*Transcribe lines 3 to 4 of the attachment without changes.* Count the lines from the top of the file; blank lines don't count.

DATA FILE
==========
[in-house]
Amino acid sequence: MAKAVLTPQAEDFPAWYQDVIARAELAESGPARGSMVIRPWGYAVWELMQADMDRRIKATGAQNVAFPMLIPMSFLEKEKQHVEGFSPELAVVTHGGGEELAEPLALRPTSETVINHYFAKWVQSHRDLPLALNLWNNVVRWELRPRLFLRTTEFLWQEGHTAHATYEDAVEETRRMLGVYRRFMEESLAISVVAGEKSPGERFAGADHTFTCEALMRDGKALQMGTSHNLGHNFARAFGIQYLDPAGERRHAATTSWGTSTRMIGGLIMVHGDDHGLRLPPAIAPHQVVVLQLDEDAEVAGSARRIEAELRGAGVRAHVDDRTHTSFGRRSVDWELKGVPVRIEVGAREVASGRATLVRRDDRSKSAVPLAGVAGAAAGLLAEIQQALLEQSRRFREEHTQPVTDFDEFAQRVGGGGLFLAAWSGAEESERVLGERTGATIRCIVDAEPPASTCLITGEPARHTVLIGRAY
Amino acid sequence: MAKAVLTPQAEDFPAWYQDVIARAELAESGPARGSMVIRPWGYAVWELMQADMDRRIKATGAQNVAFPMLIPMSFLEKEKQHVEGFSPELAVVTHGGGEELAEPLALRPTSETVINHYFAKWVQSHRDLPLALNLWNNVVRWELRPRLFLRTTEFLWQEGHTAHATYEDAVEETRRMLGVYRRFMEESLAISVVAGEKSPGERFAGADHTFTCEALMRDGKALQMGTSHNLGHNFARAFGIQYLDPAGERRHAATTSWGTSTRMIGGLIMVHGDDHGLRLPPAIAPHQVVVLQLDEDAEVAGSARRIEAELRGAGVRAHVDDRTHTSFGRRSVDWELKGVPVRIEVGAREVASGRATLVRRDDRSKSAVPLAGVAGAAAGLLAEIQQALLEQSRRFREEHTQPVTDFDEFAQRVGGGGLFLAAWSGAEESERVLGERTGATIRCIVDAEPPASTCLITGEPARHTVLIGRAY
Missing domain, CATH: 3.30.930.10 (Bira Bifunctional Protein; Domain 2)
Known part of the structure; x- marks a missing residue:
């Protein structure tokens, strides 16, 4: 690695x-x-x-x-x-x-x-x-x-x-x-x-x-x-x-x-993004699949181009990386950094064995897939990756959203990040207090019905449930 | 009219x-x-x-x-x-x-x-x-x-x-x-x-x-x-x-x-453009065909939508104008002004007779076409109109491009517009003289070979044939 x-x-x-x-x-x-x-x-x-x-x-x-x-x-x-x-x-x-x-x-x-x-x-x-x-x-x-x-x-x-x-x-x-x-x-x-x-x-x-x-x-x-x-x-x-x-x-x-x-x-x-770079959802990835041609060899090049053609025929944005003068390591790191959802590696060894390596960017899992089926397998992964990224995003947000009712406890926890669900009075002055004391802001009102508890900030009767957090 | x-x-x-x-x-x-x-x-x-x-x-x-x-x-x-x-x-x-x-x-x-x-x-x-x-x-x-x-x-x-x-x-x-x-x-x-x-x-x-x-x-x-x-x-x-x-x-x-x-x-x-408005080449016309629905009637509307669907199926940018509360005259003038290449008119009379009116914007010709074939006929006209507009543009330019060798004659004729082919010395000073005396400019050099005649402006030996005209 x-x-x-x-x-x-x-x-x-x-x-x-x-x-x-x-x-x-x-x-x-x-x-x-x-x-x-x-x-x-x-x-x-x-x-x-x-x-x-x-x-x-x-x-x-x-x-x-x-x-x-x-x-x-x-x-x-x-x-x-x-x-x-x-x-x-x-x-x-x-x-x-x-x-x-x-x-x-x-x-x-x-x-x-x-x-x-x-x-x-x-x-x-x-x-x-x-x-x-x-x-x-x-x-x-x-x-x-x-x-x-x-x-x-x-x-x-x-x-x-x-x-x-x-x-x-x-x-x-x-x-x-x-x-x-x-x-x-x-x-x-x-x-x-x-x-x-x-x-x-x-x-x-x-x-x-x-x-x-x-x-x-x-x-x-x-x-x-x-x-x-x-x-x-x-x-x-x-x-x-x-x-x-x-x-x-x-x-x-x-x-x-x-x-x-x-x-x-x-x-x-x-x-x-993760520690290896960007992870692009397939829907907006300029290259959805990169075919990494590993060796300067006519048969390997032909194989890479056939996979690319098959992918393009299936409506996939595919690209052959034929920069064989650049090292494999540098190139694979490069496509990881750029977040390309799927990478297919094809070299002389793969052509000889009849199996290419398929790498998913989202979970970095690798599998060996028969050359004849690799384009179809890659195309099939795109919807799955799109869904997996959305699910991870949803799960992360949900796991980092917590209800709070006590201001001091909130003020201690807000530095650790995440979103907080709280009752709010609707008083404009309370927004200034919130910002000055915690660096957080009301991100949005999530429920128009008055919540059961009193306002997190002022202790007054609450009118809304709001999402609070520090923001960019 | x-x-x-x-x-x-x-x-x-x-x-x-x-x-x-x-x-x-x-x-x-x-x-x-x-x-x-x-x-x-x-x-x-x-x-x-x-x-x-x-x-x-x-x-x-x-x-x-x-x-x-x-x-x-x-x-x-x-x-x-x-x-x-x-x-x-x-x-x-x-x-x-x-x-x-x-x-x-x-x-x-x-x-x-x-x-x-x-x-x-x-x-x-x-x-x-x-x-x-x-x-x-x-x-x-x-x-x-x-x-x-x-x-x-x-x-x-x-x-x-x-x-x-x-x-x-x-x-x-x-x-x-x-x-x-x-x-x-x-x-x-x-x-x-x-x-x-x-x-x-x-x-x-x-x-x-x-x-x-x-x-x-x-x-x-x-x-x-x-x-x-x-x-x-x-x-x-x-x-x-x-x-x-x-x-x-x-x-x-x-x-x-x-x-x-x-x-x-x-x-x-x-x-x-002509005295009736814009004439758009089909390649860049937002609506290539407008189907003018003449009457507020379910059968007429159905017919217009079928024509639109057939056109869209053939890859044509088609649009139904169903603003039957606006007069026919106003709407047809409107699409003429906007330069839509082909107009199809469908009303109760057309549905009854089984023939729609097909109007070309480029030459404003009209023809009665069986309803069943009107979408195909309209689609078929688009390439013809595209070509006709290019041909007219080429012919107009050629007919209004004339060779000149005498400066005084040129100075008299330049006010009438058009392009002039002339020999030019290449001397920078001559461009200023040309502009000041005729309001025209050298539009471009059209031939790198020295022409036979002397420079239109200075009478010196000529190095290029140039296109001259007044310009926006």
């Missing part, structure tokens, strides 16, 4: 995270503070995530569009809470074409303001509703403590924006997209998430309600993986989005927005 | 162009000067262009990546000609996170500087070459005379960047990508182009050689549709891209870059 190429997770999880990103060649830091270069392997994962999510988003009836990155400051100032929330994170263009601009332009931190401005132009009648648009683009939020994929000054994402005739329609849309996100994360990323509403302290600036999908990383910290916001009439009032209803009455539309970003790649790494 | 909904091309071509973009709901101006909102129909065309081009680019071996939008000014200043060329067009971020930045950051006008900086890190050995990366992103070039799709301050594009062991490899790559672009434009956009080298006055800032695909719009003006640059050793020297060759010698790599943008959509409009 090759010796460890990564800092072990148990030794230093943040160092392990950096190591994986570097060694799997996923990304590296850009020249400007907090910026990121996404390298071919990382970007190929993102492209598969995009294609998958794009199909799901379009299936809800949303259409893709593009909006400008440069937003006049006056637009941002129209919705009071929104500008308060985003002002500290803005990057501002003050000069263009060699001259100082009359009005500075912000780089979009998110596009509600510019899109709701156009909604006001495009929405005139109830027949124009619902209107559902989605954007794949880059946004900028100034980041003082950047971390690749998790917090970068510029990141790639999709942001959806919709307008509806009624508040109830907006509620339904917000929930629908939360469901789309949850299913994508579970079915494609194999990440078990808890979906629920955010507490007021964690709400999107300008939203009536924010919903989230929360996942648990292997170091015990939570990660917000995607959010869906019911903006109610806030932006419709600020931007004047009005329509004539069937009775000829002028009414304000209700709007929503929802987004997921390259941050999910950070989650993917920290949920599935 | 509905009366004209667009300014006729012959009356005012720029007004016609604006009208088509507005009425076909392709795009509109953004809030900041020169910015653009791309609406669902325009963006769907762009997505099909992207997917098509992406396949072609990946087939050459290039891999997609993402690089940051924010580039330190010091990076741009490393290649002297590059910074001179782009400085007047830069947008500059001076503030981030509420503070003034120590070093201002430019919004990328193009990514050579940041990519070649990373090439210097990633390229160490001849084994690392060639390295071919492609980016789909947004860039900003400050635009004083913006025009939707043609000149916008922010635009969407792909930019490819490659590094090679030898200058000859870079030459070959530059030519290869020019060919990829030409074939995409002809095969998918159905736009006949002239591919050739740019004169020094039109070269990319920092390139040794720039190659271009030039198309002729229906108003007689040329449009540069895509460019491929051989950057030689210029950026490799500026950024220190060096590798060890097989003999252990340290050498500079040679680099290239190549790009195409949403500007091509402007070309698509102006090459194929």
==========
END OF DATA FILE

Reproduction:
Amino acid sequence: MAKAVLTPQAEDFPAWYQDVIARAELAESGPARGSMVIRPWGYAVWELMQADMDRRIKATGAQNVAFPMLIPMSFLEKEKQHVEGFSPELAVVTHGGGEELAEPLALRPTSETVINHYFAKWVQSHRDLPLALNLWNNVVRWELRPRLFLRTTEFLWQEGHTAHATYEDAVEETRRMLGVYRRFMEESLAISVVAGEKSPGERFAGADHTFTCEALMRDGKALQMGTSHNLGHNFARAFGIQYLDPAGERRHAATTSWGTSTRMIGGLIMVHGDDHGLRLPPAIAPHQVVVLQLDEDAEVAGSARRIEAELRGAGVRAHVDDRTHTSFGRRSVDWELKGVPVRIEVGAREVASGRATLVRRDDRSKSAVPLAGVAGAAAGLLAEIQQALLEQSRRFREEHTQPVTDFDEFAQRVGGGGLFLAAWSGAEESERVLGERTGATIRCIVDAEPPASTCLITGEPARHTVLIGRAY
Missing domain, CATH: 3.30.930.10 (Bira Bifunctional Protein; Domain 2)